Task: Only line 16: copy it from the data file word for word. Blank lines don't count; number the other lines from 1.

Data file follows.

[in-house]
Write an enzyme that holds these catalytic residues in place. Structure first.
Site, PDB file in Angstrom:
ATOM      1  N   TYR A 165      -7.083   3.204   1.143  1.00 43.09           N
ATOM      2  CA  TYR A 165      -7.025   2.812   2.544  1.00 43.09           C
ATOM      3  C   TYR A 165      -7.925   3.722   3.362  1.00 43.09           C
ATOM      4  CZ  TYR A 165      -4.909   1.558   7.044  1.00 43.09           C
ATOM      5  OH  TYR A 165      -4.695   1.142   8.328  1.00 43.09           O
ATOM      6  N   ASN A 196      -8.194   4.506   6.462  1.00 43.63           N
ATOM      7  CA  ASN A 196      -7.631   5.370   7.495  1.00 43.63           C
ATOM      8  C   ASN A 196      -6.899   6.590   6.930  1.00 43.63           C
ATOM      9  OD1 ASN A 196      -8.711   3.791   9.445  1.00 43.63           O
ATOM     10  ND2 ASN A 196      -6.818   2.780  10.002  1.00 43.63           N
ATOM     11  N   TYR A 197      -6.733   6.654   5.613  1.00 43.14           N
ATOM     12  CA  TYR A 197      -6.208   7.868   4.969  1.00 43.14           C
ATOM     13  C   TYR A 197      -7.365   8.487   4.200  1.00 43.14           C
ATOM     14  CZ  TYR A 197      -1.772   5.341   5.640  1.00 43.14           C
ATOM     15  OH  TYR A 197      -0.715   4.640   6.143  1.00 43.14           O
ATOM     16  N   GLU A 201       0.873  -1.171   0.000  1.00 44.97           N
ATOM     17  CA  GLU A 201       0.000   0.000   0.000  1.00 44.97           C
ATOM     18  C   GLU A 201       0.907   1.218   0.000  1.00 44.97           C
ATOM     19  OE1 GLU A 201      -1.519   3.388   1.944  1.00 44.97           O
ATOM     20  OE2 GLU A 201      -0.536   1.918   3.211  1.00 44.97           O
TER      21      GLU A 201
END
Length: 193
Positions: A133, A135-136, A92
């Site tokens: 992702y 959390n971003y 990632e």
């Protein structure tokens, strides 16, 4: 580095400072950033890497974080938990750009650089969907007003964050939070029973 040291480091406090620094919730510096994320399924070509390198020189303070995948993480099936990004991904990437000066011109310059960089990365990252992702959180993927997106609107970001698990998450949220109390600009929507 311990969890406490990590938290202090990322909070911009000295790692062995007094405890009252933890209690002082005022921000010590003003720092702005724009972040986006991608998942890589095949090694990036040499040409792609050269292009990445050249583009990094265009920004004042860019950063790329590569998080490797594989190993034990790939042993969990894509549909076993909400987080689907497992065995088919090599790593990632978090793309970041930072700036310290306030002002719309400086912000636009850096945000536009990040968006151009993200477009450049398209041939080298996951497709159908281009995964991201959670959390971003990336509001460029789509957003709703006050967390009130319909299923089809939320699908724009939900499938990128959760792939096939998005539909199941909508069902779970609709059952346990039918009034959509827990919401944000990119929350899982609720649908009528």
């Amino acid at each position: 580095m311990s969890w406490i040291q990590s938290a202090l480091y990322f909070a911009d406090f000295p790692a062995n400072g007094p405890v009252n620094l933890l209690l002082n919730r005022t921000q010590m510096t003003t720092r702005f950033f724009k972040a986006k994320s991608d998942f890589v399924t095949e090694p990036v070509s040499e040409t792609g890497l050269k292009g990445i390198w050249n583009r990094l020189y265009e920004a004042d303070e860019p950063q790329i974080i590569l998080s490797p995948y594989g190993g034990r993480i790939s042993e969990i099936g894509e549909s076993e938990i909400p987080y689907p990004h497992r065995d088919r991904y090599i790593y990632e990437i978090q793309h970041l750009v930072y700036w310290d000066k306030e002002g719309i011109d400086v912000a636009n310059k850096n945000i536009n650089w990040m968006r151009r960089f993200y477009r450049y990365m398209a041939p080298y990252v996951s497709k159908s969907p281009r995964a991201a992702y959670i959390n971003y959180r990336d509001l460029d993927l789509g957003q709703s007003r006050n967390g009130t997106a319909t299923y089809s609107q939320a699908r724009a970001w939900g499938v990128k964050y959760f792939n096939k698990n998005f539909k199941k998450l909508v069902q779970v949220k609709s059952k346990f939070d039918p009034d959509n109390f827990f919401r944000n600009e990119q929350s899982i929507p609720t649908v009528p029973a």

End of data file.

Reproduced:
ATOM     13  C   TYR A 197      -7.365   8.487   4.200  1.00 43.14           C